Lung cancer is the primary cause of cancer mortality. Its presentation at late stages is one of the main factors responsible for the overall poor survival of patients with this disease. Approximately 75% of non-small cell lung cancer (NSCLC) cases are presented at an incurable stage. Micro-ribonucleic acids (miRNAs), non-protein-coding RNA strands, are promising candidates for cancer biomarkers due to them being expressed in a tissue-specific manner. Dysregulation of miRNAs can lead to carcinogenesis as they may function as tumor suppressors or promoters. Using miRNAs would allow us to screen for cancer using body fluid-based tests that are minimally-invasive, relatively low-cost and easily repeatable. There is a high false positive rate with CT screening for lung cancer, and this leads to patient anxiety and unnecessary tests. Circulating biomarkers are attractive for cancer screening since they are body fluid-based tests that are minimally-invasive, relatively low-cost and easily repeatable. In our previous work a miRNA panel was developed and has demonstrated good sensitivity and specificity in early stage lung cancer studies when measured in sputum and bronchial washing with RT-PCR and cluster analysis of miRNA profiling. RT-PCR is used as a standard method to detect miRNA. We hypothesize that miRNA profiling collected from blood plasma can be used for future detection of early stage NSCLC. To do this, we propose a case control study of clinical stage I/II NSCLC, matched with healthy controls. Inclusion of 70 cases and 110 controls matched for age, gender, and smoking history will allow statistical significance, which is recommended for such studies. We also want to characterize the hypothesis that after surgical resection of the cancer tissue, miRNA levels will change. To do this, we will compare miRNA levels from plasma before and after surgery. This can lead to development of future screening for recurrence of cancer.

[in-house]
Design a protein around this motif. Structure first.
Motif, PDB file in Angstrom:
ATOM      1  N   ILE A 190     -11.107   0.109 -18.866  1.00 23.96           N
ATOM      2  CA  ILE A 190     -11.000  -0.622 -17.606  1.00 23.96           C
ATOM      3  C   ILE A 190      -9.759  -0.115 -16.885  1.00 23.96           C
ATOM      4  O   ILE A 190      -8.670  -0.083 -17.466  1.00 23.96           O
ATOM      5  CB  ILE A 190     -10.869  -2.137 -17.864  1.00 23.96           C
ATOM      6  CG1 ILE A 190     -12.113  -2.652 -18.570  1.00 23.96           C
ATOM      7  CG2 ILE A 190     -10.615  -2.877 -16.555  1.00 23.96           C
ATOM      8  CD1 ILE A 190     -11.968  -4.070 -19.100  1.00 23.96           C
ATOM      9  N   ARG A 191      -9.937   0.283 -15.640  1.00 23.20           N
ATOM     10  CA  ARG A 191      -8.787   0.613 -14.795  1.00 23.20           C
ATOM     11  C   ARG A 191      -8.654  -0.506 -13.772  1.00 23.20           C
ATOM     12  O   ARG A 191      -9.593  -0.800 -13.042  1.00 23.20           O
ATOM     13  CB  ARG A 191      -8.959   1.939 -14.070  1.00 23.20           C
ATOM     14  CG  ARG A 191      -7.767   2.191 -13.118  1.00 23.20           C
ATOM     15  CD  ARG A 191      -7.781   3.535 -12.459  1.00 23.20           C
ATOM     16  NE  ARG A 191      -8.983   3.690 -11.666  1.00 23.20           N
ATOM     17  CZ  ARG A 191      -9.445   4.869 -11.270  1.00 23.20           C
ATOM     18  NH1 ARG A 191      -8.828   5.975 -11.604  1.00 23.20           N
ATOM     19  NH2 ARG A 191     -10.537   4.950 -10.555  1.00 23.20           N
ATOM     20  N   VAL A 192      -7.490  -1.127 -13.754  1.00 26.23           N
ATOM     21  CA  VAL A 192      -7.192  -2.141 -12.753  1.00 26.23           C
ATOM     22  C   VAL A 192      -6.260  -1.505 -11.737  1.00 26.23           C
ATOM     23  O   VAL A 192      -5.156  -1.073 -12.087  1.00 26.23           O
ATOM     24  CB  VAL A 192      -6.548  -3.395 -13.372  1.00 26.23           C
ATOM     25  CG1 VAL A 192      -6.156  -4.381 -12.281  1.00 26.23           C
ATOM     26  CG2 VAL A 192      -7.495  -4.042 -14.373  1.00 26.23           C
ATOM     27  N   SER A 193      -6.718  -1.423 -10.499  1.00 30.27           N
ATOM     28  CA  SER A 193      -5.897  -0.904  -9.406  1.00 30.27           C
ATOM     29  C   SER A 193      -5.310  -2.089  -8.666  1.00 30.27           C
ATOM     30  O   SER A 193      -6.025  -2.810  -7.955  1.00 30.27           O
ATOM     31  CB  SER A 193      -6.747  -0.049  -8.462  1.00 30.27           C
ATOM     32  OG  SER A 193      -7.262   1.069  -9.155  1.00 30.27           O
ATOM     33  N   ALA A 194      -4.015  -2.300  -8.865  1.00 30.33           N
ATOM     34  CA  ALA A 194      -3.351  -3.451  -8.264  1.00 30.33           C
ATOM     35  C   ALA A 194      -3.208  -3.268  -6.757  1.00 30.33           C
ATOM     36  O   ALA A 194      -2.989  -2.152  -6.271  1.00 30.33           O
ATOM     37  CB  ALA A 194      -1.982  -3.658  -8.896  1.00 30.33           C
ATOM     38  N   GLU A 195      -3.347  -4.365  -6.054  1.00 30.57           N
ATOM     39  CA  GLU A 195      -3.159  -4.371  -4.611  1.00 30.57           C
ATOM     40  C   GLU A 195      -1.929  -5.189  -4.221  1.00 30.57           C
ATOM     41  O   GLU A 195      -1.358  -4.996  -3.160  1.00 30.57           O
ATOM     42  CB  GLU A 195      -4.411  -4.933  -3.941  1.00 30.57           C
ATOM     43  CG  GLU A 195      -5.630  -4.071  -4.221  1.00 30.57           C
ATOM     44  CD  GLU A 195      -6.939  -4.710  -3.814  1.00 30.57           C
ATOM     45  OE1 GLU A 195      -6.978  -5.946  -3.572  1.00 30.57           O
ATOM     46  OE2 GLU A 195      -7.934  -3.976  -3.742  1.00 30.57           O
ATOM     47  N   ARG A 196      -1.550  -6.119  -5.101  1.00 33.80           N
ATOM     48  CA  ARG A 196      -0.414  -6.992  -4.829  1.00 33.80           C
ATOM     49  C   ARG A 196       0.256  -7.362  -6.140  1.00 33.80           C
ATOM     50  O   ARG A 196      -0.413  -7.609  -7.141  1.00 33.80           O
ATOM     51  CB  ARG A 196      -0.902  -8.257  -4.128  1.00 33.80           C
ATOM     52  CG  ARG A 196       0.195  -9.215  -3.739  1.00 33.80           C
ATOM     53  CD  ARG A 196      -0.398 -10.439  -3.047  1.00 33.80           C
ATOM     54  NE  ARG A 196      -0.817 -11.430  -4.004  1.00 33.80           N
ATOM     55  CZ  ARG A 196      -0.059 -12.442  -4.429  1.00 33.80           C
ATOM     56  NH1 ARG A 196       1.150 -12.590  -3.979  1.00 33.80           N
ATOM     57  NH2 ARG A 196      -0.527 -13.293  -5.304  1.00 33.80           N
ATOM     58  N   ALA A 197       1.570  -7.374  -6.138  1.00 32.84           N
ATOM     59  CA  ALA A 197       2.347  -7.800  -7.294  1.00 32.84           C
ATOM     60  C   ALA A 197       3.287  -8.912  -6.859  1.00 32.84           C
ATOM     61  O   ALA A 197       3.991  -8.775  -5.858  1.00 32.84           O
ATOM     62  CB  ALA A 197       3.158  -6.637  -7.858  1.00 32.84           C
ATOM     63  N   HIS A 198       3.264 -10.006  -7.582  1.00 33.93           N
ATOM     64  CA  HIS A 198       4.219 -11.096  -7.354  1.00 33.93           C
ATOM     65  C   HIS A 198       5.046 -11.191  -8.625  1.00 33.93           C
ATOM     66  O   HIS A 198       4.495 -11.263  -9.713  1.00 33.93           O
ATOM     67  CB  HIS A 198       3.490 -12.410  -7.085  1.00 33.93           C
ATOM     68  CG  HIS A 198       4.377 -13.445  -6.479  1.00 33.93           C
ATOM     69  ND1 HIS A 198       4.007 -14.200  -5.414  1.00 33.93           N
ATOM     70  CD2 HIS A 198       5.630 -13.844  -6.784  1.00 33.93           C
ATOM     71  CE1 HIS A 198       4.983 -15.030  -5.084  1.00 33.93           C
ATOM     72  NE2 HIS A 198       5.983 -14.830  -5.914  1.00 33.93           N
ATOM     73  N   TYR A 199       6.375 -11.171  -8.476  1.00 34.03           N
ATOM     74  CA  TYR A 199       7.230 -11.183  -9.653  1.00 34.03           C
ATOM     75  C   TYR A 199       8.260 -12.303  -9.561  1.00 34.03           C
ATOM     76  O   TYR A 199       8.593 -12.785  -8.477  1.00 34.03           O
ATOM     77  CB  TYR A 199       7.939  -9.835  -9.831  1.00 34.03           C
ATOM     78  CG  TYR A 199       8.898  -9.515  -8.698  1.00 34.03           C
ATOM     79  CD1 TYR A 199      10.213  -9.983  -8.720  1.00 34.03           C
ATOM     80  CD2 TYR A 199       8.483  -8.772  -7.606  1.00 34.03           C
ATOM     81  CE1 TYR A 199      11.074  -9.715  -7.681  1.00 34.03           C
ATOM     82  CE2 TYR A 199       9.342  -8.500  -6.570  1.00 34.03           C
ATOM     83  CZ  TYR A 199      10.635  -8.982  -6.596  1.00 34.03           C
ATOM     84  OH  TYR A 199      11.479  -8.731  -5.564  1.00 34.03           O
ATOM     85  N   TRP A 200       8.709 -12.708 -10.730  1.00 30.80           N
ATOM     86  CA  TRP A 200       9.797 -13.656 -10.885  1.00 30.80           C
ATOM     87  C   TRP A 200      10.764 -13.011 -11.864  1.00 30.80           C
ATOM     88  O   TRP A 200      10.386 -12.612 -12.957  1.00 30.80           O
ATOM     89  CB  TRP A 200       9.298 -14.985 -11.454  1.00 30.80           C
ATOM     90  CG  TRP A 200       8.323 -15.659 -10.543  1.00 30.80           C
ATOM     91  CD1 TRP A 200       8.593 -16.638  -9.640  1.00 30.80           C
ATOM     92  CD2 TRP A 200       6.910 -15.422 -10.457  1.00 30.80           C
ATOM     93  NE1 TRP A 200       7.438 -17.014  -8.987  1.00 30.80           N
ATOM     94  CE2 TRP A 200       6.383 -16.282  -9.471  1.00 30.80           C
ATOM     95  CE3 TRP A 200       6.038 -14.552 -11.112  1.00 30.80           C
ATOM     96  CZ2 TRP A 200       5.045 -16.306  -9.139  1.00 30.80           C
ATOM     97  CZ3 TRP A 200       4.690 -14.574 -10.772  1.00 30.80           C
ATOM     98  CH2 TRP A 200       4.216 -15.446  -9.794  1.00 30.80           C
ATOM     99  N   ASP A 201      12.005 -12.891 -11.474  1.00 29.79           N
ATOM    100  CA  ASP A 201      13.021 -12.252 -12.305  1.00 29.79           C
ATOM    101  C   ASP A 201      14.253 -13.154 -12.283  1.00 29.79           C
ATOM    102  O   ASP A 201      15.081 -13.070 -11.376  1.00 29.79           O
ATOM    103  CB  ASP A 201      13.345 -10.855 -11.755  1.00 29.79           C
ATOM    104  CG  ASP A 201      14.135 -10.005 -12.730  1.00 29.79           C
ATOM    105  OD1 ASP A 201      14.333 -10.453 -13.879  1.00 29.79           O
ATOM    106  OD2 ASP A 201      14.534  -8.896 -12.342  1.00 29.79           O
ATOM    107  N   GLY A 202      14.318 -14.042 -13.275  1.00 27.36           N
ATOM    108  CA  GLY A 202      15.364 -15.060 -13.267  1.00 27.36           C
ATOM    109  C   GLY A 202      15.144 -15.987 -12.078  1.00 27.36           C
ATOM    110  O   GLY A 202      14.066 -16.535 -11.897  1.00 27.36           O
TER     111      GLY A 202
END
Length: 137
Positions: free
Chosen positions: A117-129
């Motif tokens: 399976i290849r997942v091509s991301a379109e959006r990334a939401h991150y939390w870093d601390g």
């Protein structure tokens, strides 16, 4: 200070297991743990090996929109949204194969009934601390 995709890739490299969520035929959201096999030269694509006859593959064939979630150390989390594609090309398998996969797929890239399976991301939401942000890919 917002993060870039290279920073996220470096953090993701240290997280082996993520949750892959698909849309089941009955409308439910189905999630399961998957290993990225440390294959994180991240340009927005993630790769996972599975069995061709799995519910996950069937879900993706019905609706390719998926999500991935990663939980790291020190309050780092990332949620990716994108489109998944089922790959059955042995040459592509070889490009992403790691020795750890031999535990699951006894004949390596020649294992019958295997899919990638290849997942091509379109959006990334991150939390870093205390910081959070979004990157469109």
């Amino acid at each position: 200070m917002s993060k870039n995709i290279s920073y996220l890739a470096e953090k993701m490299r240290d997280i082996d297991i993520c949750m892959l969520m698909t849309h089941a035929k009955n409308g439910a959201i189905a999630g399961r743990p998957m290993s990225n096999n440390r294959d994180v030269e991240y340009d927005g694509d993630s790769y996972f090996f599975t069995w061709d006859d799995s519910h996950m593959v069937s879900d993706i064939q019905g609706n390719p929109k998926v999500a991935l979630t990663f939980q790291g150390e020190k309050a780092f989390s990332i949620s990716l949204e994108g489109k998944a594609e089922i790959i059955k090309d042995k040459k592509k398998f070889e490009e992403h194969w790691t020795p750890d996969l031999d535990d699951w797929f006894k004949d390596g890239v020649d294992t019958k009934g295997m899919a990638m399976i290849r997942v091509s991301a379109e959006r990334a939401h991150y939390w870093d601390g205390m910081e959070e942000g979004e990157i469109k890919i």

Paula Robson, Darren Brenner, Alianu Akawung, Tiffany Haig, Will Rosner, Nathan Solbak, Jennifer Vena, Heather Whelan, Jason Xu, Christine Friedenreich
Over the past two decades, several organizations have published series of recommendations and guidelines that provide strategies for cancer risk reduction based on modifiable behaviors and lifestyle factors. Although fine details of the recommendations differ, many focus on the broad themes of achieving and maintaining a body size within the normal range for body mass index (BMI), being physically active, consuming low amounts of alcohol (if consumed at all), avoiding exposure to tobacco, consuming diets that are predominantly plant-based and/or relatively high in fruits and vegetables, and participating in screening programs. Similar types of recommendations exist for reducing risks of cardiovascular disease and type II diabetes.
Currently there is a dearth of comprehensive population-based prevalence data for modifiable cancer and chronic disease risk factors in Alberta, and across Canada as a whole. We propose to describe the prevalence of a series of risk factors (physical inactivity, overweight and obesity, diet related risk factors, alcohol use, and tobacco use) reported by adults enrolled in Alberta’s Tomorrow Project (n=31,157). We will also describe the extent to which participants comply with cancer screening guidelines.